FSANZ today called for submissions on a proposal to clarify the permissions in the Food Standards Code on the use of carbon monoxide in fish.
FSANZ Chief Executive Officer Steve McCutcheon said the proposal sought to provide clarity on the appropriate use of gases on fish and would prohibit the use of carbon monoxide as a processing aid on fish such as tuna.
"FSANZ is aware of reports of some producers using carbon monoxide to maintain the red colour of the fish, which can hide the age of a fish," Mr McCutcheon said.
CO reacts irreversibly with the dark muscle tissue of tuna and similar fish, resulting in the fish becoming bright cherry red. CO prevents oxidation and discoloration, preserving the bright red tissue for an extended period of time, making it look fresher than it is.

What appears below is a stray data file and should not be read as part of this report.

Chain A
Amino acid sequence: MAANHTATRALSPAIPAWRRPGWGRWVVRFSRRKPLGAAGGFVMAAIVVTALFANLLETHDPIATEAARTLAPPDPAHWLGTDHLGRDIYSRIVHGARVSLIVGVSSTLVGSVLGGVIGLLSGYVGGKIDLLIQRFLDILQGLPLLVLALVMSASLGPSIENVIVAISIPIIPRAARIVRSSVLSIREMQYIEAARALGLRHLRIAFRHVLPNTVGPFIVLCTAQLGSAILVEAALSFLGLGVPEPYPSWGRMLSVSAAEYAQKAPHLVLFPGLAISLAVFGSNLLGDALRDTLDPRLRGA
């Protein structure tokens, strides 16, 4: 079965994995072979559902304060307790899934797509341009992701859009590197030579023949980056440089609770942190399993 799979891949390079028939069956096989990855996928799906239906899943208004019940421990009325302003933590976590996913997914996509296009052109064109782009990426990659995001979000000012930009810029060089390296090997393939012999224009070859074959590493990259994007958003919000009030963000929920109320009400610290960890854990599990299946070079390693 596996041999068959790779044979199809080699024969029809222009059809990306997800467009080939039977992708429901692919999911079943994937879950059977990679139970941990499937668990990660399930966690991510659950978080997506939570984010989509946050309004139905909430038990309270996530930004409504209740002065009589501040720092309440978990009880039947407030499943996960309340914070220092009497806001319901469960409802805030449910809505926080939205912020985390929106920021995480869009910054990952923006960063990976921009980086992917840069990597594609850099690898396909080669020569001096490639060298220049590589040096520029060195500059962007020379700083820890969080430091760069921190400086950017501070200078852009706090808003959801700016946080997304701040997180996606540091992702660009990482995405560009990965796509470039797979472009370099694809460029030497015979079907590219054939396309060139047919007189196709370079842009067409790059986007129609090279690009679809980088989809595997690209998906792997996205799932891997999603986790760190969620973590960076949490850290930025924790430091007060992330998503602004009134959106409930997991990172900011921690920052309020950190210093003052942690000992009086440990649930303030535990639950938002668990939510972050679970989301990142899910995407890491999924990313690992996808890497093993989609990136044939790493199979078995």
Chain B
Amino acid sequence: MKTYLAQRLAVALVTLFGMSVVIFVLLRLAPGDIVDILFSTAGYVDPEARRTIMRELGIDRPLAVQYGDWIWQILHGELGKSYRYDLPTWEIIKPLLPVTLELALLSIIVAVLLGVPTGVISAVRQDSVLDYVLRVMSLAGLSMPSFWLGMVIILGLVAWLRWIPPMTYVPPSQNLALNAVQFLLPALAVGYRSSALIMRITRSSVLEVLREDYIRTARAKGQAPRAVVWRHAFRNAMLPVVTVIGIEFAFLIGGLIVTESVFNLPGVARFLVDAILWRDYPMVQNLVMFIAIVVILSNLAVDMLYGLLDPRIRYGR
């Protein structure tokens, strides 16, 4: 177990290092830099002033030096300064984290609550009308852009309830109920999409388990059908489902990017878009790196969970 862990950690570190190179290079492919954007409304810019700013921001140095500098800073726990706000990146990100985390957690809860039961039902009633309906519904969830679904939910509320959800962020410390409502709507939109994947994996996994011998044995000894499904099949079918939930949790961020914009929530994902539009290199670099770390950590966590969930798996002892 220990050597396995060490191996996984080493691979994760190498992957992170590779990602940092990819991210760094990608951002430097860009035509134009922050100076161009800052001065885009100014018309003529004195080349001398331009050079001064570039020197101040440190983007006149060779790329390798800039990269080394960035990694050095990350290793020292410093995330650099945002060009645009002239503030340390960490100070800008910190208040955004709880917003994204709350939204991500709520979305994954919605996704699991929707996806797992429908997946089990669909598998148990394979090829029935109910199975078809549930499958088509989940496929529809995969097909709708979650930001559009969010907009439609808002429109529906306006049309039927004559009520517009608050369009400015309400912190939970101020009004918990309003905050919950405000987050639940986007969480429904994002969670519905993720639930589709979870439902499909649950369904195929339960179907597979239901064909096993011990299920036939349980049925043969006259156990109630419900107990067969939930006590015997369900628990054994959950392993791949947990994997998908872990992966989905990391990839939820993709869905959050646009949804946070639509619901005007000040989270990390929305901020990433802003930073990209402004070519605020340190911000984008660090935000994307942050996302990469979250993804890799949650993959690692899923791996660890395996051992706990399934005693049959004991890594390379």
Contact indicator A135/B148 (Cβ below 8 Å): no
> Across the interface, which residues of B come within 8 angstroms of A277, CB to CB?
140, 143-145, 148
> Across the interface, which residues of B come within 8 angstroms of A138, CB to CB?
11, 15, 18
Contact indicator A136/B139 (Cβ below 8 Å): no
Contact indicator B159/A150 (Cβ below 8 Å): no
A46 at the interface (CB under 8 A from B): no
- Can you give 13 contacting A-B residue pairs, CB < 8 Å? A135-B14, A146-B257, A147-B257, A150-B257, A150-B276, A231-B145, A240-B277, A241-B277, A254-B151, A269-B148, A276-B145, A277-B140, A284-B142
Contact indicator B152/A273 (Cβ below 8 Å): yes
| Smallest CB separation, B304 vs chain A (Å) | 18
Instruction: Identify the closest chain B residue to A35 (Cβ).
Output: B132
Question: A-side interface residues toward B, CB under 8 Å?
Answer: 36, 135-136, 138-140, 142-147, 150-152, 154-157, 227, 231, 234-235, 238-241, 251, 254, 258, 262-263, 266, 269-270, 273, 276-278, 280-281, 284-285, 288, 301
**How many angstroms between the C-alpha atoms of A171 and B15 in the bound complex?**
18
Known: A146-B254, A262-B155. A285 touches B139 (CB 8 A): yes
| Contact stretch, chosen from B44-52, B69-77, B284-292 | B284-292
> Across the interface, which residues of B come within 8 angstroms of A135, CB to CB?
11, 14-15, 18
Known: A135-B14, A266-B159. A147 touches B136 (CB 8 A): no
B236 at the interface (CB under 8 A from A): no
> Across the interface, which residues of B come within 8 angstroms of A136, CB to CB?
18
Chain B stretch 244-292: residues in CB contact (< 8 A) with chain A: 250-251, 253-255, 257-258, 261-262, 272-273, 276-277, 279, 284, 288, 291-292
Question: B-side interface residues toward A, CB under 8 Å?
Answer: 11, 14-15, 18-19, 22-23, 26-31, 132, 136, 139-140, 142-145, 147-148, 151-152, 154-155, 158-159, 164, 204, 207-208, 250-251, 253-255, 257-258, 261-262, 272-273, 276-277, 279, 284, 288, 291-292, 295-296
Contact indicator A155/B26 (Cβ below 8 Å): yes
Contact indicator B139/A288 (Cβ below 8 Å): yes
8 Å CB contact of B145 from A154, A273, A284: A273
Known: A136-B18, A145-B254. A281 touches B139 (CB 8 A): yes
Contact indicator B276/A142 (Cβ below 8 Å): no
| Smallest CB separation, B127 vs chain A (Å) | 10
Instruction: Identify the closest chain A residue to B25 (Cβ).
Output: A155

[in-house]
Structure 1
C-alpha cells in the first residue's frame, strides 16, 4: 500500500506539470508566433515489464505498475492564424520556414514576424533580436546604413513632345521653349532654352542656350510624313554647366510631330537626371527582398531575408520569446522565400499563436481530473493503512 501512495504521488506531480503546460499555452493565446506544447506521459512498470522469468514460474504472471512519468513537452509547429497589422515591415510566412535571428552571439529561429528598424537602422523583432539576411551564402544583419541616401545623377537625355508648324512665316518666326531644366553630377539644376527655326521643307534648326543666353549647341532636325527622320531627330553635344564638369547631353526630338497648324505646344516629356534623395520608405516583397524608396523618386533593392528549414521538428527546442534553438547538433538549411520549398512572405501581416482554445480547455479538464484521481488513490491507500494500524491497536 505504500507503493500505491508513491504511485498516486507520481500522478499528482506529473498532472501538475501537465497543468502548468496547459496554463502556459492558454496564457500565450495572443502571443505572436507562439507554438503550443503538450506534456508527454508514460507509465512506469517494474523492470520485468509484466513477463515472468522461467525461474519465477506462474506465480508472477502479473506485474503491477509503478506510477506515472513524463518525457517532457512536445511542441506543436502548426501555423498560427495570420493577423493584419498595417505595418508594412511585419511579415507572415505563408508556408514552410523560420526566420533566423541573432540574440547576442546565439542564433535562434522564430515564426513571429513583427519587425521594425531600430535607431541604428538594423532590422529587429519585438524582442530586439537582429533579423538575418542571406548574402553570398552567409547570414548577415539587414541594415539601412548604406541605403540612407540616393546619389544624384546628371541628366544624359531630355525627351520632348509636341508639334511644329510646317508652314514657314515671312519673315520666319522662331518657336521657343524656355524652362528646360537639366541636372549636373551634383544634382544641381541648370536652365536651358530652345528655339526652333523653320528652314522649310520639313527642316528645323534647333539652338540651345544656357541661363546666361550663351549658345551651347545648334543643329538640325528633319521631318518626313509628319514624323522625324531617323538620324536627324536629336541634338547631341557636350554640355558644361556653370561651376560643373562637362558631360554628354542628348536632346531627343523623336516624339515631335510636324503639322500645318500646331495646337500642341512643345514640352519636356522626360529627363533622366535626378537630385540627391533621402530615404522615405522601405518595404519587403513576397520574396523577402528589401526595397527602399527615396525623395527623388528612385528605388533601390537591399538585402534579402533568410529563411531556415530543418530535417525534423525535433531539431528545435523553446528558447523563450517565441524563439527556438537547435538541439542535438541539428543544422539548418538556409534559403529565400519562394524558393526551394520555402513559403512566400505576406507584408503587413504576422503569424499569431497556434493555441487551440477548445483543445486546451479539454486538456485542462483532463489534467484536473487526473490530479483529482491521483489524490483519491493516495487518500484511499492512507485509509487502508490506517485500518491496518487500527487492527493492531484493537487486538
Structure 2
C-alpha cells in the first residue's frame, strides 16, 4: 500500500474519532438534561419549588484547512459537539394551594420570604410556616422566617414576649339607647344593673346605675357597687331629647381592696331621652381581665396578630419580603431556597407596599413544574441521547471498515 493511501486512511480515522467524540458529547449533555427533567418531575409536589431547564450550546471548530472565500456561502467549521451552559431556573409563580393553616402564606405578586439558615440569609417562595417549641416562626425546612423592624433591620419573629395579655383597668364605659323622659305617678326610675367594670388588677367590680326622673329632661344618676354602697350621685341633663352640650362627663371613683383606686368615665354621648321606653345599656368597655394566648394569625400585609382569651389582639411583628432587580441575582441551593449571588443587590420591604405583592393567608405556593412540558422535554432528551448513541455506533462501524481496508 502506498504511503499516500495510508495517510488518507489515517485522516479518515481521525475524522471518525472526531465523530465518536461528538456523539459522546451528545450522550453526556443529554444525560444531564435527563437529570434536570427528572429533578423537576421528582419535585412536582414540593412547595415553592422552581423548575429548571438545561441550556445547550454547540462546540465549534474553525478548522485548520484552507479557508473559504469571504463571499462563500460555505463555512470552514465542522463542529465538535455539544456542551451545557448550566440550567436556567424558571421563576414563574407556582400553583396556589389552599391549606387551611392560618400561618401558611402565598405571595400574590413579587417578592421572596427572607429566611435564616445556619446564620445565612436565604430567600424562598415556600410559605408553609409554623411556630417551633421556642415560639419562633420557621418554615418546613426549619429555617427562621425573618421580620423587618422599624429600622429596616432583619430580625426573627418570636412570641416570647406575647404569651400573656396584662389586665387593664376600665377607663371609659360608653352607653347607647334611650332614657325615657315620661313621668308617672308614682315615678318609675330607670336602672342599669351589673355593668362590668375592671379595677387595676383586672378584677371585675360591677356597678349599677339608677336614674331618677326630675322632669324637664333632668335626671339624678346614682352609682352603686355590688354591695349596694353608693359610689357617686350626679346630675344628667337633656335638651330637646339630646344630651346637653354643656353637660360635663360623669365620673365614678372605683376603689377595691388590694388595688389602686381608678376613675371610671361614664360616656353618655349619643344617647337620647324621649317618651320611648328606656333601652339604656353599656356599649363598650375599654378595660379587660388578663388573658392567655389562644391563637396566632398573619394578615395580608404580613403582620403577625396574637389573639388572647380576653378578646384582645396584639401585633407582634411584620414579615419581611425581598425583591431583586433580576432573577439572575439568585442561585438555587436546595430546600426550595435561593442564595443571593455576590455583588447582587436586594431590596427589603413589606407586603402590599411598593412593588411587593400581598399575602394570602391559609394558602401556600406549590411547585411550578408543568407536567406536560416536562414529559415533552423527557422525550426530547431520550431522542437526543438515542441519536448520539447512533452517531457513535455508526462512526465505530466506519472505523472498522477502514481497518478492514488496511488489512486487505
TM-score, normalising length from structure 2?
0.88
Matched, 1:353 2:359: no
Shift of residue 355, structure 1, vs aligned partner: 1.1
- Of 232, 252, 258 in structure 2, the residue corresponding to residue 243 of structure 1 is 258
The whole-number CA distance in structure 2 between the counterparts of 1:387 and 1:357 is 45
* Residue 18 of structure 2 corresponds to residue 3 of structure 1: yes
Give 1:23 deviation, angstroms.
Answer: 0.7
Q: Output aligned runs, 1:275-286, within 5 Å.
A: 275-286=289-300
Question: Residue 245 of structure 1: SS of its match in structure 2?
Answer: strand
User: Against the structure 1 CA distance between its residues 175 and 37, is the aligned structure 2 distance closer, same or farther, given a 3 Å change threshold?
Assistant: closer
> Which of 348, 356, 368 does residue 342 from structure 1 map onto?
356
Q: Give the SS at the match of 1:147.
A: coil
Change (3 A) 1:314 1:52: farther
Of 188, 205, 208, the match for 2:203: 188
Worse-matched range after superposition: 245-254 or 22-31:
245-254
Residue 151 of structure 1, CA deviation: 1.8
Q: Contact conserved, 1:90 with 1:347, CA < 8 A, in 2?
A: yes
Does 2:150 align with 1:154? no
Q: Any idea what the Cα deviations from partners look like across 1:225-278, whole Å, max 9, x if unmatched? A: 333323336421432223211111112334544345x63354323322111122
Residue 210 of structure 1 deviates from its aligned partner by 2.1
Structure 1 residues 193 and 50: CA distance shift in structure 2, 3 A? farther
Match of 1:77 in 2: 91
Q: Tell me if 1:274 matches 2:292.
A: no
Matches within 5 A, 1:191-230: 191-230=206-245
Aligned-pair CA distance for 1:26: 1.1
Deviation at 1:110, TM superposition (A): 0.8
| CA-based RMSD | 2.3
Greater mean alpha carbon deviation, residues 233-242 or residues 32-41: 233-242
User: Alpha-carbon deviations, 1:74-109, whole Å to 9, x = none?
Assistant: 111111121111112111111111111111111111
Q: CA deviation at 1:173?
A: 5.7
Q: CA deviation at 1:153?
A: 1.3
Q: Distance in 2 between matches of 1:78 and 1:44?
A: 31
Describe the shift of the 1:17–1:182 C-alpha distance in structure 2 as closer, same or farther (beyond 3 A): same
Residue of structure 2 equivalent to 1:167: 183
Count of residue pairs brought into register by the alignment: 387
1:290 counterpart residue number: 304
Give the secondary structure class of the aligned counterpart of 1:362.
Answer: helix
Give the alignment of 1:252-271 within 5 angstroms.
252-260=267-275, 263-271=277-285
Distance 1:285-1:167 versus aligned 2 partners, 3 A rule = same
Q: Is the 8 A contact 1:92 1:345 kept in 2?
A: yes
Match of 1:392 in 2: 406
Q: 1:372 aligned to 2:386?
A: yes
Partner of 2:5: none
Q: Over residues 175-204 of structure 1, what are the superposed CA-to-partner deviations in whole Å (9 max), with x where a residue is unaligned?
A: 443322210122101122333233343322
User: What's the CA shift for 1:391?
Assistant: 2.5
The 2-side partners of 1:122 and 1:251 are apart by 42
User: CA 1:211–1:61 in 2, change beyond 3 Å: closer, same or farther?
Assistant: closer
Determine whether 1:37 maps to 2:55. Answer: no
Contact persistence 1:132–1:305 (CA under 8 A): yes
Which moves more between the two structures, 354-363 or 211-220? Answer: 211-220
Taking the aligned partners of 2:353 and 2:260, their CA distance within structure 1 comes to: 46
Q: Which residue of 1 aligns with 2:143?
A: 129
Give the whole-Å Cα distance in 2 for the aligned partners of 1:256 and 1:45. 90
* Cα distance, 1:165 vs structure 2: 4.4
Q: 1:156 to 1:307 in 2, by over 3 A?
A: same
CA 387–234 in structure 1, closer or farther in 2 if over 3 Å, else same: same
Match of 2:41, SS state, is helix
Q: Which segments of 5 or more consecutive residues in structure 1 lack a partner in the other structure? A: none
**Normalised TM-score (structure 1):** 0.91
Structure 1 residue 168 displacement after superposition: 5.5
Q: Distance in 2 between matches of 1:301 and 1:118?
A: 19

"The Code currently permits CO as a general purpose processing aid but processing aids are not supposed to have any ongoing technological function.
"A number of regulators have asked FSANZ to clarify the Code to ensure CO is not used on fish."
The closing date for submissions on this proposal is 11 February 2013.
Join Voxy on Google+.
Compare Credit Cards - Interest rate and fees comparisons for New Zealand banks.